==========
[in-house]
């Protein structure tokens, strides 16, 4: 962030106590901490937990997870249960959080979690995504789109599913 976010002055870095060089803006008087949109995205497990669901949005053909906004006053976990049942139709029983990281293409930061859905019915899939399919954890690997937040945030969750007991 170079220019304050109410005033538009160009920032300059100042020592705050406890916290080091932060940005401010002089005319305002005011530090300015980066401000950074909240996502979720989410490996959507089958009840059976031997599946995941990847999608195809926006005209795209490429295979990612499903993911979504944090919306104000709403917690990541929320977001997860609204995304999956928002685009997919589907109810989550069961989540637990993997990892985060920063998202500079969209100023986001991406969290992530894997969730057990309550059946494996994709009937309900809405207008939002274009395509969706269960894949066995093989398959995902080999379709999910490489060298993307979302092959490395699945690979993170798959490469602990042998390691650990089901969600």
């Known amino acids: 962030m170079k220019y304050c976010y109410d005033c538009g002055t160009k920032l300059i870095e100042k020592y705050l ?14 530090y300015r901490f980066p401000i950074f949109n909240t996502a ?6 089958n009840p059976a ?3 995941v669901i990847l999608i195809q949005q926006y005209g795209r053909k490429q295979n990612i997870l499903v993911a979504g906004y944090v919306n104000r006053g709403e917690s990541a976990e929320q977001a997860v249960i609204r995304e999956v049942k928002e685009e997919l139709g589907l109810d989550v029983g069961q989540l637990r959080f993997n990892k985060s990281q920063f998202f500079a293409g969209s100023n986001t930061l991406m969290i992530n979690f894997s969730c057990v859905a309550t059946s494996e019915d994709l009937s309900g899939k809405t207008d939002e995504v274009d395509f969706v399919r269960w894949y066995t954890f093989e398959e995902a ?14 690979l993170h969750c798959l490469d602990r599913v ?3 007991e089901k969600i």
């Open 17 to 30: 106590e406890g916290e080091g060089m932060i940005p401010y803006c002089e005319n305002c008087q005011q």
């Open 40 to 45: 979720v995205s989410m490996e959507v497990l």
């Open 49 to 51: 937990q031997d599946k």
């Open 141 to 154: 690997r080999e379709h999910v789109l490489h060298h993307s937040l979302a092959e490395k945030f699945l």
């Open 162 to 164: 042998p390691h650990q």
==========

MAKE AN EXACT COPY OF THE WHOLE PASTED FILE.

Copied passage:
[in-house]
């Protein structure tokens, strides 16, 4: 962030106590901490937990997870249960959080979690995504789109599913 976010002055870095060089803006008087949109995205497990669901949005053909906004006053976990049942139709029983990281293409930061859905019915899939399919954890690997937040945030969750007991 170079220019304050109410005033538009160009920032300059100042020592705050406890916290080091932060940005401010002089005319305002005011530090300015980066401000950074909240996502979720989410490996959507089958009840059976031997599946995941990847999608195809926006005209795209490429295979990612499903993911979504944090919306104000709403917690990541929320977001997860609204995304999956928002685009997919589907109810989550069961989540637990993997990892985060920063998202500079969209100023986001991406969290992530894997969730057990309550059946494996994709009937309900809405207008939002274009395509969706269960894949066995093989398959995902080999379709999910490489060298993307979302092959490395699945690979993170798959490469602990042998390691650990089901969600």
């Known amino acids: 962030m170079k220019y304050c976010y109410d005033c538009g002055t160009k920032l300059i870095e100042k020592y705050l ?14 530090y300015r901490f980066p401000i950074f949109n909240t996502a ?6 089958n009840p059976a ?3 995941v669901i990847l999608i195809q949005q926006y005209g795209r053909k490429q295979n990612i997870l499903v993911a979504g906004y944090v919306n104000r006053g709403e917690s990541a976990e929320q977001a997860v249960i609204r995304e999956v049942k928002e685009e997919l139709g589907l109810d989550v029983g069961q989540l637990r959080f993997n990892k985060s990281q920063f998202f500079a293409g969209s100023n986001t930061l991406m969290i992530n979690f894997s969730c057990v859905a309550t059946s494996e019915d994709l009937s309900g899939k809405t207008d939002e995504v274009d395509f969706v399919r269960w894949y066995t954890f093989e398959e995902a ?14 690979l993170h969750c798959l490469d602990r599913v ?3 007991e089901k969600i």
């Open 17 to 30: 106590e406890g916290e080091g060089m932060i940005p401010y803006c002089e005319n305002c008087q005011q």
């Open 40 to 45: 979720v995205s989410m490996e959507v497990l």
């Open 49 to 51: 937990q031997d599946k």
């Open 141 to 154: 690997r080999e379709h999910v789109l490489h060298h993307s937040l979302a092959e490395k945030f699945l």
């Open 162 to 164: 042998p390691h650990q």